I find it interesting that none of the opinions posted speak to the necessity of treating the mother's objections as more than an obstacle to her daughter's treatment. It seems to me that the mother can and will be made to understand the need for treatment of her daughter's condition. If the mother has a relationship with a church or if the aid of other family members can be enlisted to help in this process, perhaps the outcome will be favorable for both mother and daughter.

On the other hand, although turning this into a circus of bureaucrats and lawyers may result in the doctor feeling safe from legal repercussions, I would consider a decision like this to be unethical if the agencies are inefficient or if the outcome is likely to be the estrangement of the child from the mother.

If I am correct, the real bioethical dilemma is that the doctor cannot spare the time and resources necessary to treat the mother, or that integrated systems are not in place to keep the problem from becoming legal rather than medical.


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Date: Tue, Nov 11 1997 7:56 AM From: cgouthro@prodigy.net To: DoktorMo@aol.com
You said that the ten year old daughter is very mature for her age, correct. Well, if she knows that she is sick, then she should be able to find out what is wrong with her. The mother is denying her own daughter her right of treatment, which could be deadly. I don't think that the mother should have a say in the matter, it's not her life, she's not the one who is sick. I can see where it would be hard for the mother to except that her daughter is going to die like her husband, but by refusing the medication is just speeding up her own daughter's dying process.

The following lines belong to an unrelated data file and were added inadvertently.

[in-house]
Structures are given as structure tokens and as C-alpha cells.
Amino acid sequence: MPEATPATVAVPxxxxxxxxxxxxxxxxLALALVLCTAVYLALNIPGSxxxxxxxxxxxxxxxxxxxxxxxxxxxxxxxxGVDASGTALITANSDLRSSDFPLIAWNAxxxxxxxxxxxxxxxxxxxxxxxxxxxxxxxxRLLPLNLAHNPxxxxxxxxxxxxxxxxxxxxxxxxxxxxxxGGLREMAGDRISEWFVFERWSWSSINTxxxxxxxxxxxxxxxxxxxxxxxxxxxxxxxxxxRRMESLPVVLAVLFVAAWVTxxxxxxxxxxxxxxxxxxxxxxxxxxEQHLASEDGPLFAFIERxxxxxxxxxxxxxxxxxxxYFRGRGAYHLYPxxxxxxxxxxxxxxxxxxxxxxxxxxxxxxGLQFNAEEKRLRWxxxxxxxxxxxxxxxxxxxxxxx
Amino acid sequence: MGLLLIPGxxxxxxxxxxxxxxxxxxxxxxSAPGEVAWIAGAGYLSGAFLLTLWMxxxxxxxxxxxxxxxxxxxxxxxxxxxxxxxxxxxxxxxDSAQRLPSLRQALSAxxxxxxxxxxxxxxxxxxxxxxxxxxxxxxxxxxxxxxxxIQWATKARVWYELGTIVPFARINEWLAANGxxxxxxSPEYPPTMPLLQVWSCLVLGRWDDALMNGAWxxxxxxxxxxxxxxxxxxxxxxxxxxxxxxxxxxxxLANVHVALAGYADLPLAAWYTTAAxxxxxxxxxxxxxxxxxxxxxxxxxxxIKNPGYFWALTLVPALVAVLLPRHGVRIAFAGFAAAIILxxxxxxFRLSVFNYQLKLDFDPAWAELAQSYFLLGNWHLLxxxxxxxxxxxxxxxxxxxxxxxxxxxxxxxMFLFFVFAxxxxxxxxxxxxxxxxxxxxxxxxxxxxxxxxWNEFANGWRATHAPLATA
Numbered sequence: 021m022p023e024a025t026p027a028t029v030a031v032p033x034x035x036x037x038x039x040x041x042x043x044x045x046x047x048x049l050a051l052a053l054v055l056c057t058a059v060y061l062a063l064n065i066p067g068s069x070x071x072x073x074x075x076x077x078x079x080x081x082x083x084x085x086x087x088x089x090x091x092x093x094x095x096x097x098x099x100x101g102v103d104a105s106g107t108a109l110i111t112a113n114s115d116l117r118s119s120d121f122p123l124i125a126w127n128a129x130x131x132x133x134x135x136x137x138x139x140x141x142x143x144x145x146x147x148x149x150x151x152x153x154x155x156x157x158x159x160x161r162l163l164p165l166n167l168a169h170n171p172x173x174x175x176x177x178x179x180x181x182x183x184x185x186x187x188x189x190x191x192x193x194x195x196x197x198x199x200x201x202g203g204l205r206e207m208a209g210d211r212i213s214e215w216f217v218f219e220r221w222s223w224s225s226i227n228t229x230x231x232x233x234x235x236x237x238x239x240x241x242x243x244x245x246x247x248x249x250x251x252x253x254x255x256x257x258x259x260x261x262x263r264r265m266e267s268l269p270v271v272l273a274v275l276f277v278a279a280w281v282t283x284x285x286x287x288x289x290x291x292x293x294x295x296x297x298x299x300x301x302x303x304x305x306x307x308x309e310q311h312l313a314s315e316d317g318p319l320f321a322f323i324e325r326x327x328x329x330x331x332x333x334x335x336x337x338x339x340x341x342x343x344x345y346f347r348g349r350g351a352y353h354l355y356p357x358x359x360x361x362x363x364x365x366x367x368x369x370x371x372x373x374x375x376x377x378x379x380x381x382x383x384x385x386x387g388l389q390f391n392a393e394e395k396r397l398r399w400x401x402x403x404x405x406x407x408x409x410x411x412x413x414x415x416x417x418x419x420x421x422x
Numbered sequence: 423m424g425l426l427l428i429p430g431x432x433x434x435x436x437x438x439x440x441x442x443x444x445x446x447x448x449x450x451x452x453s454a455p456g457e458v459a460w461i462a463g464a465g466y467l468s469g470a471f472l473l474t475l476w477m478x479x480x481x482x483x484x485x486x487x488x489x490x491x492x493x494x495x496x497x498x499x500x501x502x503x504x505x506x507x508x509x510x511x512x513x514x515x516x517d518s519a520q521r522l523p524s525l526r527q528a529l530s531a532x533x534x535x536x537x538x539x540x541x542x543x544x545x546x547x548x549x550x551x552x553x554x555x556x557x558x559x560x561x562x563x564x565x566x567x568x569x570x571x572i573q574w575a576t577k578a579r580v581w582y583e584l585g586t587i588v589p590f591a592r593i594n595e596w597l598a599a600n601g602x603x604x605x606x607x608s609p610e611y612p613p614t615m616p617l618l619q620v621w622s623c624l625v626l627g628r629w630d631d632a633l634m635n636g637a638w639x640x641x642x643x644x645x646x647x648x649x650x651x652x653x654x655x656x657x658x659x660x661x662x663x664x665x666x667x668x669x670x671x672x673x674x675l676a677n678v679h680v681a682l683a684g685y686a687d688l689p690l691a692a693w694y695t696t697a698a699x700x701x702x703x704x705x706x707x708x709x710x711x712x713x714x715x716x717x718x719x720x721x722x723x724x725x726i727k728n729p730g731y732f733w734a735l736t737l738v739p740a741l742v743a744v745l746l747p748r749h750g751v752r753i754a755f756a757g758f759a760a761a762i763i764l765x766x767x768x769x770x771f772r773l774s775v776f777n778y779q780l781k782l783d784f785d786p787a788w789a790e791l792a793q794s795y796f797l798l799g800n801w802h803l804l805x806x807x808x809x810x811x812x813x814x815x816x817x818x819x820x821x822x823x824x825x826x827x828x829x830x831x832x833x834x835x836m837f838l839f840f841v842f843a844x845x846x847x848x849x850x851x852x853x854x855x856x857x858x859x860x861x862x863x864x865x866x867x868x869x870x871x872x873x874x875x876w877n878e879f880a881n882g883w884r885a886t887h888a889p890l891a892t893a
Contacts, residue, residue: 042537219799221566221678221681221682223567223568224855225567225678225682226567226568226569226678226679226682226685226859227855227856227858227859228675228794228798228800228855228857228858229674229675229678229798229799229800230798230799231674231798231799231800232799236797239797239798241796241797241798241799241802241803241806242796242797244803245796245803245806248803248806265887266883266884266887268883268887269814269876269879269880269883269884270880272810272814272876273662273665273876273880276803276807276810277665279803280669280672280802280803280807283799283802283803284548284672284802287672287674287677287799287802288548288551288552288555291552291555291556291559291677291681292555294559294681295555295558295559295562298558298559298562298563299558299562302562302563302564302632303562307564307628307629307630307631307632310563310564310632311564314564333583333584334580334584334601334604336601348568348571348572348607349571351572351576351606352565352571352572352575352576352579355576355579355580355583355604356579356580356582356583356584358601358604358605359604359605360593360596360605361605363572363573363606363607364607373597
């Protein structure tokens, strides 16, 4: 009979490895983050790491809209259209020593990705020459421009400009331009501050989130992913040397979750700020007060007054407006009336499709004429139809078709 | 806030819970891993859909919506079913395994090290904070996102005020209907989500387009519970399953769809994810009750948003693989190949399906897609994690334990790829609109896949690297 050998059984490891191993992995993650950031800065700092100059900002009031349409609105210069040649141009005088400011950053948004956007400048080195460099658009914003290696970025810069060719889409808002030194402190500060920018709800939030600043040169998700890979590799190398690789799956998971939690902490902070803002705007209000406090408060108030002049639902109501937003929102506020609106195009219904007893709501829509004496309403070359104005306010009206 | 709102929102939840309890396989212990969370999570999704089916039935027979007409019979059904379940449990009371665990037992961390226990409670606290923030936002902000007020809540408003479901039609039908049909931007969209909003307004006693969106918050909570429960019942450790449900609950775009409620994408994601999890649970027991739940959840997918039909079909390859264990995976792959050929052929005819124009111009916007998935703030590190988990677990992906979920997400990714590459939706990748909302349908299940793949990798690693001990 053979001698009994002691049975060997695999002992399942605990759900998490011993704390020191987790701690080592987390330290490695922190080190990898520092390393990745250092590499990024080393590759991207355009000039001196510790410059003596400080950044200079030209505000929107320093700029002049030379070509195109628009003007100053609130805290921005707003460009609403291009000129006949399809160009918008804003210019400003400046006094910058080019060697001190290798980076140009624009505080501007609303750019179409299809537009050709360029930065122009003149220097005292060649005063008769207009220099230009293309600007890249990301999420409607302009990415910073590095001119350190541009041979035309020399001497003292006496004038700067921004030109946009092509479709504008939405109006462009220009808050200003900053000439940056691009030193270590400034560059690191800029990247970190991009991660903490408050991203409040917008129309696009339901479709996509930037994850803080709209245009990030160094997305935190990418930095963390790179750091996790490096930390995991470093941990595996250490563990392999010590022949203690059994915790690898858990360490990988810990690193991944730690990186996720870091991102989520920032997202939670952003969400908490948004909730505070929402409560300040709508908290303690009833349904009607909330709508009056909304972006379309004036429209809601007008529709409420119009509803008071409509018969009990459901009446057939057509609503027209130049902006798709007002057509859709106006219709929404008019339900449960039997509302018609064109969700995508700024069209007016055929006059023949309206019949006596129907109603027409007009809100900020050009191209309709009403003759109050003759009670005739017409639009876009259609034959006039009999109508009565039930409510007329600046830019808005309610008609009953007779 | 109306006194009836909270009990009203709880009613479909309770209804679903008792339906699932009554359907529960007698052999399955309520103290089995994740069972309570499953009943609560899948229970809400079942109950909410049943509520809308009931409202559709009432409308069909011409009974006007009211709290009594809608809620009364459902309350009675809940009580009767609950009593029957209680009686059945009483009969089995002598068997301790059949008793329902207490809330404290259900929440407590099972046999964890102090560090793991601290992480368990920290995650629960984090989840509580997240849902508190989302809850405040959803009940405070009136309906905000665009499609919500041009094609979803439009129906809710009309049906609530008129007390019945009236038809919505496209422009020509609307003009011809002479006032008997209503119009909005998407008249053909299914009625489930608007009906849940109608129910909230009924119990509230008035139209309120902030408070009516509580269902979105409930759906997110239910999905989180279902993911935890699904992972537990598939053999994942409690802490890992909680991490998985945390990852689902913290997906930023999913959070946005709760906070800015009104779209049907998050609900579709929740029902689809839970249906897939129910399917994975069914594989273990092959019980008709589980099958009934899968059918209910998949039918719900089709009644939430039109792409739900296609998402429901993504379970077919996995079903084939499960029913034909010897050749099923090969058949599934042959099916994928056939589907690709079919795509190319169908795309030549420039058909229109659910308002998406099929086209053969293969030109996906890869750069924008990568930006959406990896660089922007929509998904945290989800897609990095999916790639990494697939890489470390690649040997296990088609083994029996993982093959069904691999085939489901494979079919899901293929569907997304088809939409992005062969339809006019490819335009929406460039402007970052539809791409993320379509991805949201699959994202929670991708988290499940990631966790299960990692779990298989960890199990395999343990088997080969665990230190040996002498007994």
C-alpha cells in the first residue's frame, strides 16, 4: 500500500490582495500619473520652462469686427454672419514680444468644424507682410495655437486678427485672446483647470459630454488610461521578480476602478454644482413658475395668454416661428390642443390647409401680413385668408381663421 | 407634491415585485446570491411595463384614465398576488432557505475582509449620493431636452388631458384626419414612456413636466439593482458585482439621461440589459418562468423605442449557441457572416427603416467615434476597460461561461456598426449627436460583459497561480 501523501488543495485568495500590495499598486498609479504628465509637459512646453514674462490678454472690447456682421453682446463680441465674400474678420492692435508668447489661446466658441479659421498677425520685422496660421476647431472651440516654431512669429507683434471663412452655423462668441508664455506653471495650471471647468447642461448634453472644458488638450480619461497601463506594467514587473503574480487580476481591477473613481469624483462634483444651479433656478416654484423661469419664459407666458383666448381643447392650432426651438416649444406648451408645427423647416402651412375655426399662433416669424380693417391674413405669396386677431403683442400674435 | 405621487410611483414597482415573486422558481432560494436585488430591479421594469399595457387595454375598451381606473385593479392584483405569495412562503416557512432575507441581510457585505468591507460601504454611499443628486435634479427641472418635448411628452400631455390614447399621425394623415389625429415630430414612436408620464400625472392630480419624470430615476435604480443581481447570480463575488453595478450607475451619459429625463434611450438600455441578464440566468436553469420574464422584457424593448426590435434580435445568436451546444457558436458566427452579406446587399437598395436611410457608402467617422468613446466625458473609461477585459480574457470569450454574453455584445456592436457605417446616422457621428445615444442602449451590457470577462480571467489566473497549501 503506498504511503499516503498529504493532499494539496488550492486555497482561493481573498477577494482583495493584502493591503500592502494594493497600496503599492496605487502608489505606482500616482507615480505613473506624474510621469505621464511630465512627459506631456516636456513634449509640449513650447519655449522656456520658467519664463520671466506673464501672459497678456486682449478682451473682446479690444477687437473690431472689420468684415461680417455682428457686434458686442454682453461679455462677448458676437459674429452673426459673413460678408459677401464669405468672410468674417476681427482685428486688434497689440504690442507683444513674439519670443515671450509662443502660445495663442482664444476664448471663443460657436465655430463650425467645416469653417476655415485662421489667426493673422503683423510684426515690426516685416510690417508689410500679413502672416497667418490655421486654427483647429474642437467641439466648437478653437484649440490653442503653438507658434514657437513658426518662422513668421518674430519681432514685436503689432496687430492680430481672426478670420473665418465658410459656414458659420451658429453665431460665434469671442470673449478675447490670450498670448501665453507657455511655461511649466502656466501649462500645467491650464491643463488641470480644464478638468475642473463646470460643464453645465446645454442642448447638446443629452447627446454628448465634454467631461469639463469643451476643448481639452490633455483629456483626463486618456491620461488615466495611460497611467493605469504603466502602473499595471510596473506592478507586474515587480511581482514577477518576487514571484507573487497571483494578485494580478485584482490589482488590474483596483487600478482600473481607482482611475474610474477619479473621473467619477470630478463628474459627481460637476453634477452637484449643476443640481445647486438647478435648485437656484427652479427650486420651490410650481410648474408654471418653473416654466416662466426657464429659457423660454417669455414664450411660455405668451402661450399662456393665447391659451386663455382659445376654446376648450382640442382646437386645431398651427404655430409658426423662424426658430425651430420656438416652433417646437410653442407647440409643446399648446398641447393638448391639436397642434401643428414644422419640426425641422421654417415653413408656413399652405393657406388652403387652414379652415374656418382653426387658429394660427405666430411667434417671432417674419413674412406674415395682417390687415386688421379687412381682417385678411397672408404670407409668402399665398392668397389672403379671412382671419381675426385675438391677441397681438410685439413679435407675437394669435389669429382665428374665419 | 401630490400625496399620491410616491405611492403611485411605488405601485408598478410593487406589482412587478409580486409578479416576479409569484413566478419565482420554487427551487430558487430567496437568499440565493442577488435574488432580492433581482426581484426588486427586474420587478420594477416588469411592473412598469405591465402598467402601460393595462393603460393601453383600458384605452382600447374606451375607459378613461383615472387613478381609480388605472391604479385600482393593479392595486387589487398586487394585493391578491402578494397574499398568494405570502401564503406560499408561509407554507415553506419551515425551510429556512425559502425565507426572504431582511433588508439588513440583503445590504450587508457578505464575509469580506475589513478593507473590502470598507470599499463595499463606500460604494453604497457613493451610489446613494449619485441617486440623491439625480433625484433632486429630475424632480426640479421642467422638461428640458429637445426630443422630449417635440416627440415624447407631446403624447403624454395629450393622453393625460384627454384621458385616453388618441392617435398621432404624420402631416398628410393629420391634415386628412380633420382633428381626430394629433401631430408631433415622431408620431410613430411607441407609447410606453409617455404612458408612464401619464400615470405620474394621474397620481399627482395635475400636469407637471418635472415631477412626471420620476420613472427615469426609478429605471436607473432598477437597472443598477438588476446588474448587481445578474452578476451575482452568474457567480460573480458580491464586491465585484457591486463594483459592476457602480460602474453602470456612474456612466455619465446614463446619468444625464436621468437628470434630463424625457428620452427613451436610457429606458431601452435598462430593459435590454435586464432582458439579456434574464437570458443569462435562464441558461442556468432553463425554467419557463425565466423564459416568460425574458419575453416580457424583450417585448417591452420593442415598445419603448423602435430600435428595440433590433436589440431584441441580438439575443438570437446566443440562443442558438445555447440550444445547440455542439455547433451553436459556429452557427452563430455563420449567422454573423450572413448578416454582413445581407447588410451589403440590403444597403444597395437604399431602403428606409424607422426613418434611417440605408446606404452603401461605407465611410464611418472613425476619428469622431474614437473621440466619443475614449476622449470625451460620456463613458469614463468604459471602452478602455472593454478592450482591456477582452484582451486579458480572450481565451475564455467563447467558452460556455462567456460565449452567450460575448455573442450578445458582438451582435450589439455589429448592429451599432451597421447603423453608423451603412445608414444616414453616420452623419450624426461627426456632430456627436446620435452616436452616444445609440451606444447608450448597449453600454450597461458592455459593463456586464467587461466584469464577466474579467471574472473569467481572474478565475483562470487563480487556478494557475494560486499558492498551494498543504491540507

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Date: Fri, Sep 5, 1997 4:02 AM From: derek@nypc.com (Derek Xanders) To: DoktorMo@aol.com
In response I have to say that if the mother of the child wishes not to tell her then that is the mother's choice. The child has not reached the age of adulthood, and the mother is the specific guardian of the child. Let the mother keep it a secret, so the child can go on living the rest of her short life, without fear, and without depression that the father experienced earlier in the child's life. That is my opinion on the subject.


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Date: Wed, Jul 16, 1997 2:21 AM From: Nrse4morph@aol.com To: DoktorMo@aol.com
I also agree with the rest of your respondents. The mother is wrong. Her actions are based on her own fears, and the negative experience she had with her spouse. This however is not an acceptable rationale for denying care to her daughter


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Date: Mon, Jun 30, 1997 12:48 PM From: beverly-bowers@ouhsc.edu (beverly bowers) To: DoktorMo@aol.com
A 10 year old child is very adept at picking up information. She probably already knows that something is not right. As the physician I would strongly encourage the mother to let her child know about her illness. Remind the mother that children look at illness differently than adults and are usually more matter of fact. Since lupus is a chronic illness, she has to start learning how to deal with it now. Also she will have more trust in her mother is she is truthful. Although the child is the patient , in Pediatrics, the parents wishes are also to be considered. Hopefully, the mother will let the physician share some information with the child.


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Date: Wed, Feb 12, 1997 4:11 PM From: netscape@usca.usca.sc.edu To: DoktorMo@aol.com